Crowdfunding from Brazil -
    Crowdfunding from Italy -
    Crowdfunding from Mexico -
    Crowdfunding from France -

    LinkedIn Groups:
    Crowdfunding -
    Equity Crowdfunding -
    CrowdSourcing And CrowdFunding -
    Angel Investors -
    CrowdFunding 360 -
    IPO's Via Crowdfunding -
    The CrowdFunding Panel -
    Crowdfunding from Calgary -
    The Funding Co-Op -

    #8 Be Prepared Behind the Scenes

    Most people who launch a Kickstarter or indiegogo campaign very often overlook a few key areas that may come back to bite them in the butt later on. Project creators are usually so excited to get started, they fail to do the proper legal and business preparations. If you think there is a good shot that you may bring in over $10,000 from your crowdfunding project, consider opening a business. Register an LLC (Limited liability company) to protect yourself from the various legal issues which may arise. If you launch the project as an individual you will be personally responsible for any lawsuits brought on. Also, unlike business contributions you would ordinarily receive, contributions from crowdfunding platforms like Kickstarter are considered income, and will need to be reported to the IRS.

    #9 Over Prepare, and Under Promise
    One of the biggest mistakes we have seen from the more successful crowdfunding projects out there like Ouya, Pebble, and others is the fact that they could not deliver their finished products on time to everyone. This put a damper on the companies once they were in production. Why couldn't they meet their production deadlines? It's very simple; they didn't expect to raise so much money and pre-sale so many products. It's awesome if you blow away your stated goal, but that awe can quickly turn into panic if you didn't prepare for the possibility that your project actually could do much better than you expected. Make sure your deadlines give you plenty of time should you for some reason do better than you ever imagined. Pushing a delivery date back a couple weeks likely won't mean less contribution. It;s better to be safe than sorry in the long run.

    #10 Learn From Other's Successes and Mistakes
    The best way to create a top notch crowdfunding project is to follow in the footsteps of those who have already had mega-successes in the market, as well as learn from mistakes they feel they made. Luckily for you, we have the Crowdfunding Success Story - Interviews section here at Crowdfunding forum where you can read one on one interviews with the creators of many major Kickstarter projects.

  2. #2
    Make the campaign interesting, and visually appealing. You only get one chance to make a first impression, so get it right the first time.

    Don't sound desperate by pleading or begging for money. Invite investors to participate by telling them how they can benefit by contributing.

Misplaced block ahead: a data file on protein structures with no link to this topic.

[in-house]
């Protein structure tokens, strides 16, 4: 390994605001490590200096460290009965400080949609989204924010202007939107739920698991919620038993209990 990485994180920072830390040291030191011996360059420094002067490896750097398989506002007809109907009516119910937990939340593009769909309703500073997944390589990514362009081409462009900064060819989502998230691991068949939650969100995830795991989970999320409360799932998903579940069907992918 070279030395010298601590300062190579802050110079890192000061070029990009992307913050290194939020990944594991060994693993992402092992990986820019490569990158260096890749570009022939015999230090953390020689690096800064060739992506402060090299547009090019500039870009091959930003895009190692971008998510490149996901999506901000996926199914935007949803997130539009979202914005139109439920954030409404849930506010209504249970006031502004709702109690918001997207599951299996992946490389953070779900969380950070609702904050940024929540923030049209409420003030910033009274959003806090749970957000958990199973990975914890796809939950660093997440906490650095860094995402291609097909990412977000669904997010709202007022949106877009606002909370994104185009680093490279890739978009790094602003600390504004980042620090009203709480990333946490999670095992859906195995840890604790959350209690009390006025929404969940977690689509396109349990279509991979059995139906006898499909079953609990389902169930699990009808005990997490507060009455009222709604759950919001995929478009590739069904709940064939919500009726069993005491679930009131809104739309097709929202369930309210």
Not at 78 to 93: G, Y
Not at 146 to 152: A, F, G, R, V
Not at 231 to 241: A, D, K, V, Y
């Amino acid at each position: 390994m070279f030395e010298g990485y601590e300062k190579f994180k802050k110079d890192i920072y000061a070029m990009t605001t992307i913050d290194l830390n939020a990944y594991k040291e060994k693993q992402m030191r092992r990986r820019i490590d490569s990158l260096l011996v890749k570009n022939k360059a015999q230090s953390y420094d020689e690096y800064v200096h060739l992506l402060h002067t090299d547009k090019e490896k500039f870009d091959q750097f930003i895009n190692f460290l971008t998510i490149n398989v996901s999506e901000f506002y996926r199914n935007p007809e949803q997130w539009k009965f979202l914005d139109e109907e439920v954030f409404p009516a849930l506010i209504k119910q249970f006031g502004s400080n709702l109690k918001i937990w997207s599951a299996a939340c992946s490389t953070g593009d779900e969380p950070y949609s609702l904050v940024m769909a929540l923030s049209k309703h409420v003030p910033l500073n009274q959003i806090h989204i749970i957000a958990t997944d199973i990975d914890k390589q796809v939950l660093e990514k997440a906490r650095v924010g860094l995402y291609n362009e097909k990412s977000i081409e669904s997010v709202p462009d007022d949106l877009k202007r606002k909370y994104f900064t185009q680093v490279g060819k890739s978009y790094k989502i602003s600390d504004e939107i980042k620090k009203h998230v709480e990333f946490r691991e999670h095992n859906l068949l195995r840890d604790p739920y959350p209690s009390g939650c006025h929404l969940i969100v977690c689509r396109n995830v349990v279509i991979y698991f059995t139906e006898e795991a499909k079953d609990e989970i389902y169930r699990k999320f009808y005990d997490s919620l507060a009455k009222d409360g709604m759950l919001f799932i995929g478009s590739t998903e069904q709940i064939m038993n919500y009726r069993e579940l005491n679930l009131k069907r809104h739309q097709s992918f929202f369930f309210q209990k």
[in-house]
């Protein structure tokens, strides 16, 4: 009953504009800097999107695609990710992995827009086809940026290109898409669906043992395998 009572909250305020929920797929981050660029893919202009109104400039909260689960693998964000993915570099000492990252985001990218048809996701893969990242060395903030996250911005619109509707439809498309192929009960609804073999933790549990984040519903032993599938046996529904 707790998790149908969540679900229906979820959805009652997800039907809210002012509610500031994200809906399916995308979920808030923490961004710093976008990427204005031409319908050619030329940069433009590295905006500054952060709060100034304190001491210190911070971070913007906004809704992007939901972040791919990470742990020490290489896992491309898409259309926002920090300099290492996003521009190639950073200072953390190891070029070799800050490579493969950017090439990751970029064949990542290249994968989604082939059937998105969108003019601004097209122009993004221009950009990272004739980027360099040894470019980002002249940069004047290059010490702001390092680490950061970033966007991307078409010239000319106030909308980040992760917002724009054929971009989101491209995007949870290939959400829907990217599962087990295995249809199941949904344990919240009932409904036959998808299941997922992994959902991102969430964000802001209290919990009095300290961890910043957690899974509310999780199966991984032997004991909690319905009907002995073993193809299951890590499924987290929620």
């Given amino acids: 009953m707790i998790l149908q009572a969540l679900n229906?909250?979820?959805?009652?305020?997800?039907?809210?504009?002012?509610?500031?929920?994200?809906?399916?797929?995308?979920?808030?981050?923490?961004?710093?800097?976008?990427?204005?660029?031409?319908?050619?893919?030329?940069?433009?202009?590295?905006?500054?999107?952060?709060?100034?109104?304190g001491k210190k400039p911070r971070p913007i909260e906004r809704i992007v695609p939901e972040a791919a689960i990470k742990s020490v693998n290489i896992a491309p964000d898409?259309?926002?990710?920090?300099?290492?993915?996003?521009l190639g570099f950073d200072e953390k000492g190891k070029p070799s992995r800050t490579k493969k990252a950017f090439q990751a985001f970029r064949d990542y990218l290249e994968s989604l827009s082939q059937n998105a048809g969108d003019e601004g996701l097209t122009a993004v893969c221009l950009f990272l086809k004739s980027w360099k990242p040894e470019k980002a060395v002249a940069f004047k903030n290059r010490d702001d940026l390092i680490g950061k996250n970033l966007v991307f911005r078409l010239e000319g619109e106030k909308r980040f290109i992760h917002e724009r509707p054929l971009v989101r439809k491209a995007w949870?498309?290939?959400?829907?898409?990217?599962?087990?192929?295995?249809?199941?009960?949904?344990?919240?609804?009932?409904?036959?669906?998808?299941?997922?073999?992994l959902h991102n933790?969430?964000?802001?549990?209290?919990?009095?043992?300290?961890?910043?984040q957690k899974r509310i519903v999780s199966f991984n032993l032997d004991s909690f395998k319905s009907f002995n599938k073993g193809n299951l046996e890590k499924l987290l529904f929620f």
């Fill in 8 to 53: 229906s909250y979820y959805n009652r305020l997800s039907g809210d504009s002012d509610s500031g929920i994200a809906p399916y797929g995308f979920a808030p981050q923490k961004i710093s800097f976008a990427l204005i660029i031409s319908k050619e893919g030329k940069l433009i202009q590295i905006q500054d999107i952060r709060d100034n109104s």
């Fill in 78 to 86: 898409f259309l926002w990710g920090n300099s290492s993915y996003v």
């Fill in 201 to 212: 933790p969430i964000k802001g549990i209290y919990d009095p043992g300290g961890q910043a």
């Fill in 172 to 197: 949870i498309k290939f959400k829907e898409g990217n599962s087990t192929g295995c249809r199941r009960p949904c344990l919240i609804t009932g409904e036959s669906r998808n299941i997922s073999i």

3. #3
    Great tips .

    I like the #7 point, but at the same time I feel like too many people spend too much time promoting on crowdfunding-related websites and need to spend more time on promoting on forums/websites/publications related to their niche (gaming, music, etc). That being said, I've seen a few people make some great relationships and do cross promotion through these crowdfunding hubs.

    Crowdfunding Tips: Hidden Content
    Crowdfunding News: Hidden Content

  4. #4
    Great thread, thanks for taking the time to write that.

    4 + 5 I am definitely falling down on. I guessed my pitch was too long. The 'read a novel' comment woke me up. I'm taking the first 10 days as a soft run up to a bigger launch.


    Invite investors to participate by telling them how they can benefit by contributing.
    Yup, I didn't do this.

  5. #5
    Junior Member
    Join Date
    Aug 2013
    Cincinnati, OH
    Great tips! I also found this infographic that points to the importance of video in successful Kickstarter campaigns Looking forward to implementing some of these tips on our project!

  6. #6
    Junior Member
    Join Date
    Aug 2013
    Thaaaaaaaaaaaaaaaaaanks for the tips whoooooaaaa

  7. #7
    Junior Member
    Join Date
    Aug 2013
    Washington, DC
    This is some great shows we as entreprenuers of today still know how to in this country dig deep,wait on no one & make dreams realties.

  8. #8
    Junior Member
    Join Date
    Aug 2013
    Quote Originally Posted by Salvador Briggman View Post
    Great tips .

    I like the #7 point, but at the same time I feel like too many people spend too much time promoting on crowdfunding-related websites and need to spend more time on promoting on forums/websites/publications related to their niche (gaming, music, etc). That being said, I've seen a few people make some great relationships and do cross promotion through these crowdfunding hubs.

    I agree with Salvador, and so far we have had great success from other forums completely unrelated to crowdfunding, but provide information and resources to those who are more relevant to our project. In this case, we have a DAC/Headphone Amp which is more likely to be of interest to audiophiles and that community. We have provided a number of press releases to that industry, and have had at least 20 of them post our project on their blogs, forums or websites, like this one:

    16 1/2 % of our backers come from those sites. That's 15% of our funding! (At this time it's $105,377, and we are only in our 4th day). I would say that promoting to your "niche" market is definitely a good thing!

  9. #9
    Junior Member
    Join Date
    Aug 2013
    Washington, DC
    #1 & #3
    Promoting to our niche is correct.We partner with the American Legion and not knowing that they have a great passion for our product,is beginning to be the upside in our campaign on Kickstarter...
    With so many great ideas on these sites it can become over saturated and overwhelming to potential backers....

  10. #10
    Thanks for that. That list really made it for me!